Since most people will never get to Sept- Iles (Seven Islands), Quebec Province and ride the train North to Schefferville, Labrador (Newfoundland), let me try to visualize the process Julie and I went through for this one day per week (Thursday) train. I would like to thank my train travel friend, Gerry Schulitz of New York, for inspiring us to visit this railway.
The train tickets are purchased from a travel agency since the railway outsourced this function. It cost us approximately $600 Canadian (train tickets $76 senior rate and one regular fare at $156.00); $177 for dinner/B&B in Schefferville and the balance for food/gasoline ($3.08 per gallon U.S.) to drive the 430 miles from Quebec City to Sept- Iles.
Looking at the map it seems like you are going to a rural area and this isn't correct. There were two towns along the route of 23,000 and 25,000 people. We drove the first three hour section to Taddousac where the road ended and we found we had to take a free fifteen minute ferry ride. It was a typical northern weather day - bleak and raining. Which wasn't typical on the two lane road were the numerous steep 12% hills going through the forest area with many trucks on the road. The locals are among the fastest and most aggressive drivers we have seen. The speed signs call for 90 kilometers maximum (56 mph) and most cars/trucks were doing 110 kilometers (68 mph)- allowed by the police. The slogan on the Quebec license plates translates to: I remember who I am. In most sections the road was weather-beaten and patched which caused a little rock and roll action. It was not an easy drive.
The next five hour trek saw more of the same, but we did go through towns on the coastline and saw the rough wave action of the clear water rivers flowing into the murky sea water of the St. Lawrence Seaway. The economy of the towns in this section was tied to lumber, aluminum, iron ore and electricity. It was 48 degrees on June 15th during our drive which was just a day after leaving New York State where it was 90 degrees with 90% humidity.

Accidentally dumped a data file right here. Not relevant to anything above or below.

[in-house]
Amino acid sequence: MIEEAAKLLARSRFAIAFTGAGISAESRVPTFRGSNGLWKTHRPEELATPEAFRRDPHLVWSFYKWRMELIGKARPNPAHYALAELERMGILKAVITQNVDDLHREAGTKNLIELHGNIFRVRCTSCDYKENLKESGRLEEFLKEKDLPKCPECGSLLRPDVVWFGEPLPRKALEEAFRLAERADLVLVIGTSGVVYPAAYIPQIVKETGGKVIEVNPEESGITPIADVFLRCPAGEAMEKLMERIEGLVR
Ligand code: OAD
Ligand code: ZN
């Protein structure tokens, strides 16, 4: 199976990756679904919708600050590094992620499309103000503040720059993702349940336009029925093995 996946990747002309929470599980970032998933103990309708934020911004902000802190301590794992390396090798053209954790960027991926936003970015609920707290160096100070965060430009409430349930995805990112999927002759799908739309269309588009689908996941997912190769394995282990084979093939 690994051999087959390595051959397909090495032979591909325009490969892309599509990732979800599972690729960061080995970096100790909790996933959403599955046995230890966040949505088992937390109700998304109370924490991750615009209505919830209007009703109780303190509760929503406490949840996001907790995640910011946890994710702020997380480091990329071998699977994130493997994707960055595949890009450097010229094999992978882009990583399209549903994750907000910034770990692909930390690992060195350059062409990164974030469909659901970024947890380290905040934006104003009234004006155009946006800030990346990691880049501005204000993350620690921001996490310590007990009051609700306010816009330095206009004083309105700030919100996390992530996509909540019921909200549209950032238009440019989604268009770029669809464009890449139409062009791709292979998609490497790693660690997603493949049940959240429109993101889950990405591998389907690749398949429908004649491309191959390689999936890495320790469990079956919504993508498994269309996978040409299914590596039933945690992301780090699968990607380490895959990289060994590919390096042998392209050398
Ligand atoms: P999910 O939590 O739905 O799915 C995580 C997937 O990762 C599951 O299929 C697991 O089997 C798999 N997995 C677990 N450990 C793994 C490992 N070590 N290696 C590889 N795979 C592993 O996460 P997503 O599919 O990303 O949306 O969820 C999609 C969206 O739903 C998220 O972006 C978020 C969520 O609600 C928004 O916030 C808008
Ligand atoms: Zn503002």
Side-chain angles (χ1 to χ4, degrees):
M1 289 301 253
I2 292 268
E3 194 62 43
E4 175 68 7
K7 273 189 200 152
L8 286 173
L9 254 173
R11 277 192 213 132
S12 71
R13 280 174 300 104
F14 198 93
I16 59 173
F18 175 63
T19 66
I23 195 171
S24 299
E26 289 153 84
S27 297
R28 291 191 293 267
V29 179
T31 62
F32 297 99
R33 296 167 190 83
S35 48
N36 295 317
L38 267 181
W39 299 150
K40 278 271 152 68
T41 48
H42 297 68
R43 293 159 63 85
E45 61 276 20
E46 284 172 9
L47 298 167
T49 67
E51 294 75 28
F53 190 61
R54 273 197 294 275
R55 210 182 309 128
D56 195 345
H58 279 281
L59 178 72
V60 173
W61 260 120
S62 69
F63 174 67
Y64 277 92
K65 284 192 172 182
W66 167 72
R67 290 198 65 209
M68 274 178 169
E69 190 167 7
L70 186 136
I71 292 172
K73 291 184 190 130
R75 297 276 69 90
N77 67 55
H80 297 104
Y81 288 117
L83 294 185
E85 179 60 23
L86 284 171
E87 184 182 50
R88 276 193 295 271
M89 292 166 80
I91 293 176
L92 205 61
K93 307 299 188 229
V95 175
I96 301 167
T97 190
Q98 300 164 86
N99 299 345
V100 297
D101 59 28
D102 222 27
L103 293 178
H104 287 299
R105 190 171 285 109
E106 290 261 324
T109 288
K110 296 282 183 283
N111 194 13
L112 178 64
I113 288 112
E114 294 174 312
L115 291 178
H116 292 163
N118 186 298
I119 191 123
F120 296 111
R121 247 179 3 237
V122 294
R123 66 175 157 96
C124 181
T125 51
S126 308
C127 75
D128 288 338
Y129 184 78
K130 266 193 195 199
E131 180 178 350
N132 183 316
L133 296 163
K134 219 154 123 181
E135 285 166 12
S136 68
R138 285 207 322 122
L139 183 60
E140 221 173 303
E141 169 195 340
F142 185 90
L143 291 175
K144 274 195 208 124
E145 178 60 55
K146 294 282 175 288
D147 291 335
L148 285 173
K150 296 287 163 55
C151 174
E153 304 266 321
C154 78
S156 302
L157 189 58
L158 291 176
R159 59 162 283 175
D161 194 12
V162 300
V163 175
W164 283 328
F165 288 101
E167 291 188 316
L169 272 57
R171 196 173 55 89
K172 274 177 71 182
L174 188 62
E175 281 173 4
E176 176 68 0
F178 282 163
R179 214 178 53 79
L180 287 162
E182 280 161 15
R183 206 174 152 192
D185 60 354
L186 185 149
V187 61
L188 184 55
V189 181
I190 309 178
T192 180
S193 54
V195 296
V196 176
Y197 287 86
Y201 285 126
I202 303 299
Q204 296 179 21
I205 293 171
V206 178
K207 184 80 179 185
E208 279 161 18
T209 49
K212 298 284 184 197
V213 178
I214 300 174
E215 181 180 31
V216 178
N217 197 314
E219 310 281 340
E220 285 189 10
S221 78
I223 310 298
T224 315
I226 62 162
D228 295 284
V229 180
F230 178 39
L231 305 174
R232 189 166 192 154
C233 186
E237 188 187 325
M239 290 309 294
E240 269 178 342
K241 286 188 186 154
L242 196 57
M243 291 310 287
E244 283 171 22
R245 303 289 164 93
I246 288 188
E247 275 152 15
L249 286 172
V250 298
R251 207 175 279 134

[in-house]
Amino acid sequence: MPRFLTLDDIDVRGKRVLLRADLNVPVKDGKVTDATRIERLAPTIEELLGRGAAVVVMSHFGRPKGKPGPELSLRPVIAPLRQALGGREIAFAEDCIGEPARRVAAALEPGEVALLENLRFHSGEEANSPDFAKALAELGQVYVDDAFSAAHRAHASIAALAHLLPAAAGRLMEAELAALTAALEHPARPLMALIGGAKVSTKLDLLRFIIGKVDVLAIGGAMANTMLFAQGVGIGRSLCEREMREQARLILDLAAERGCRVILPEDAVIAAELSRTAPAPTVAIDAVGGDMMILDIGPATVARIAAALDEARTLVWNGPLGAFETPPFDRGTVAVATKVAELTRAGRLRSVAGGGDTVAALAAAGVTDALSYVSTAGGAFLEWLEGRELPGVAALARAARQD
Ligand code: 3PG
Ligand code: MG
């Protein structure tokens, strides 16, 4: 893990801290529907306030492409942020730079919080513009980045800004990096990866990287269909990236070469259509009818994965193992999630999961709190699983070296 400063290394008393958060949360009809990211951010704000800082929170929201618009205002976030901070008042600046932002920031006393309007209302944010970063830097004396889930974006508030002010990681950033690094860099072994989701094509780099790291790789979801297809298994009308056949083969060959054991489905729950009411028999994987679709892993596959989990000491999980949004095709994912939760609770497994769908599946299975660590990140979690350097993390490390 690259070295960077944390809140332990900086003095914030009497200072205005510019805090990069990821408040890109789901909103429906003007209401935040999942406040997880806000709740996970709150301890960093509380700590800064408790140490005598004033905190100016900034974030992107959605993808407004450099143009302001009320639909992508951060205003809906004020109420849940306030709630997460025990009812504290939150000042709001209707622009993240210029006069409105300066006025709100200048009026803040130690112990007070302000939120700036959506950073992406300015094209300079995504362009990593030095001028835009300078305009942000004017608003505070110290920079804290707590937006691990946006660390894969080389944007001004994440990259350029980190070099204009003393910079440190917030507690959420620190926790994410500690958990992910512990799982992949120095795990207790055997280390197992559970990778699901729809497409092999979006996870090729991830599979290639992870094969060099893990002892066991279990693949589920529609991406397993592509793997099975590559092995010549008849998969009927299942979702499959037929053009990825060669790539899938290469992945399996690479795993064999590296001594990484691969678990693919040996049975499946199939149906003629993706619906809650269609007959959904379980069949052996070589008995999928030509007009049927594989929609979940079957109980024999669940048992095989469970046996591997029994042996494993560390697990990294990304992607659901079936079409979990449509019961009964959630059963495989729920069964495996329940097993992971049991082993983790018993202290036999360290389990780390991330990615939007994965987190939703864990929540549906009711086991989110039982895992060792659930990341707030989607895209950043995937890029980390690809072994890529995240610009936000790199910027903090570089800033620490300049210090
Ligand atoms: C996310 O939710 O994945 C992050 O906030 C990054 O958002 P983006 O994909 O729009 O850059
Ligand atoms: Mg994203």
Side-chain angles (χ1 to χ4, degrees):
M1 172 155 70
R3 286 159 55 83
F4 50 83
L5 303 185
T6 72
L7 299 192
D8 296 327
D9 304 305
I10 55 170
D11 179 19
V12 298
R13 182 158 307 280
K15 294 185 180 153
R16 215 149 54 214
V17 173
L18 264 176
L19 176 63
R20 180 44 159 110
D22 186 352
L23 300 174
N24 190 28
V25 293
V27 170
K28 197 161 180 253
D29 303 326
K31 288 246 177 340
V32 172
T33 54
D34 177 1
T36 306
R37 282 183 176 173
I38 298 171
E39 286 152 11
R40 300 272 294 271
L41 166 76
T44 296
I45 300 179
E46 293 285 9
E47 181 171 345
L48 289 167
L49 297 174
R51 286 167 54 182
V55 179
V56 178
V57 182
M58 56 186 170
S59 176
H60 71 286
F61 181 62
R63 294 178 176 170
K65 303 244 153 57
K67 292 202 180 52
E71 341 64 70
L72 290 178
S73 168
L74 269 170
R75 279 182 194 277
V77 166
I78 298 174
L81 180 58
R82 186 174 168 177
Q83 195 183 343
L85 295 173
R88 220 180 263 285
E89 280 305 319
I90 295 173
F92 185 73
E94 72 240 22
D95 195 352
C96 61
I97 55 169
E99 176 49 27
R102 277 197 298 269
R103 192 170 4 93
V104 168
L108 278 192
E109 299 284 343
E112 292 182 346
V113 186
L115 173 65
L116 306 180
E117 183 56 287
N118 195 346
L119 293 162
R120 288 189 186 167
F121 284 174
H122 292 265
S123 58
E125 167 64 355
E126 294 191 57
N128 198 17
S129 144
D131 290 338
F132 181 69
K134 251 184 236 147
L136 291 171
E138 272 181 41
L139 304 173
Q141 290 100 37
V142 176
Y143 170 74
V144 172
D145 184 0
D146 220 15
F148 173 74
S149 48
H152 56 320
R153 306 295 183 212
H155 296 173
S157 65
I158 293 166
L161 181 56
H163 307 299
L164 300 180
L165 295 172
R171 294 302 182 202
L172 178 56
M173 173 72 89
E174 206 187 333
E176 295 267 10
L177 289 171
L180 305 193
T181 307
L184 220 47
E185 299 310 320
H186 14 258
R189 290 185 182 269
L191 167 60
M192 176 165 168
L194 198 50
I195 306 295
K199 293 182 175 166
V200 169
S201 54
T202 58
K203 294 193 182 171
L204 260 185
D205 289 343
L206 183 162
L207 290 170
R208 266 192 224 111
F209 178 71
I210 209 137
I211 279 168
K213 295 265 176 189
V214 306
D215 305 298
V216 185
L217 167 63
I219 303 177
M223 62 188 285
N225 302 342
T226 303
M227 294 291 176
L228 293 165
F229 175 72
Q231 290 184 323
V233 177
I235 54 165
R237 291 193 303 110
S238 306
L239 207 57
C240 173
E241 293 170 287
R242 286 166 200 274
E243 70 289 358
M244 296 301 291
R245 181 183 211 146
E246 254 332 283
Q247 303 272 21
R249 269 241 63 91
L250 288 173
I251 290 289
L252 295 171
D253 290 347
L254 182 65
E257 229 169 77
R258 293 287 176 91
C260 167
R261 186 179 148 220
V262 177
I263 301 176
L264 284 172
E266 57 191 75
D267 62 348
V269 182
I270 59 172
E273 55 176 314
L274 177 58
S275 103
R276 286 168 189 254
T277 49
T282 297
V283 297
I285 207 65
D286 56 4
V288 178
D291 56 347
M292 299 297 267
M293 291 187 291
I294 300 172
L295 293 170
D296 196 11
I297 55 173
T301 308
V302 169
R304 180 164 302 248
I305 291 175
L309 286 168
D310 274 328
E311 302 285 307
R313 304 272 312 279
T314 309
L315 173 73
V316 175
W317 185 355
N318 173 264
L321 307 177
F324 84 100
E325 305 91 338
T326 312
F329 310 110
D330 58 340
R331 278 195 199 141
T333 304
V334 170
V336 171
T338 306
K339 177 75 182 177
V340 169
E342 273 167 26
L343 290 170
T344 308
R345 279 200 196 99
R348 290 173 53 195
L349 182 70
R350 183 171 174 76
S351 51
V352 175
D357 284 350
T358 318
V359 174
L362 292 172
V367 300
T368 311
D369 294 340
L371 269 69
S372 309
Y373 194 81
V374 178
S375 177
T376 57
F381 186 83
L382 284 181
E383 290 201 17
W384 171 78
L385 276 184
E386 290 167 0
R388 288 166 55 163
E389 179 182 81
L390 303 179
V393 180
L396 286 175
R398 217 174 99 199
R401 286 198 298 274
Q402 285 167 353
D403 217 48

In Sept- Iles the train was full at 8:00 AM with natives for a scheduled 9:00 AM departure (actual pull out was at 9:15 AM). The gusts of wind in the rain took my baseball cap right off my head which I ran to retrieve before boarding. The orange and gray paint scheme was on the G.E. SD40-2 diesel engine. The train also consisted of a power car, baggage car, six former Canadian Pacific coach cars (one for smoking) - three go to Schefferville and the last three get cut off at Labrador City on Friday's return trip. Our train went slowly through the forest of stunted trees and didn't get up to speed until 9:55 AM. On the left side there was a beautiful deep canyon and the wide Moisie River showed some good rapids. On the right we passed very tall waterfalls and dwarfed trees where the tundra effect could be seen. The three security personnel were First Nations people - two females and a male while the two engineers were French/ English speaking Caucasians from Sept- Iles. We passed six freight trains all with a one man crew - probably one of the only railways to function like this. Along the way our train had a mandatory 45 minute crew stop where they entered a building and had a meal. The engineers are allowed to work maximum of 16 hours per day on this railway.
The ride was one of the smoothest roadbeds we've ever experienced even at the maximum 50 mph speed. During the long ride there were constant rivers, large lakes and trees of all sizes which measured up to a beautiful ride. There were three flag stops to let fishermen off. The three times we pulled over to let 210 car ore trains pass, we backed out of the sidings to the main line. At the Ross Lake Junction we dropped off some passengers who boarded a bus to go into Labrador City. This is where the four mines are located and the numerous ore trains originate here everyday of the year.
There are some vending machines on board for food and it's better to bring your own for lunch and dinner. Outside of the former mining town of Schefferville we found patches of snow still on the ground and finally arrived at the end of steel about 10:00 PM. The B & B picked us up and took us to the Bla Bla Restaurant for a quick chicken sandwich dinner prior to bedtime. The town has approx. 2,000 people - 95% First Nations (two bands (tribes) - Montagnais, French speaking and 50% Naskapi, English speaking).
When reviewing the train motto they got it correct with "scenic" and "unknown" and we didn't find the passengers "friendly". Maybe it was because we didn't speak French and the locals don't wish to make eye contact. The two engineers were exceedingly friendly and willing to answer ALL our questions. They said they saw two black bears during the journey.
What could be better for train travelers than a two day long ride through remote, pristine tundra area in the Northeast part of Canada? The Canadian Shield area above the 50 parallel is rugged and the highlight of all the water scenes is Tonkas Falls, like Niagara Falls, on the Nipissis River. The many large patches of bright yellow lichen made a nice contrast to the various shades of green bush and trees.
A long ride with beautiful scenery made this a five star adventure!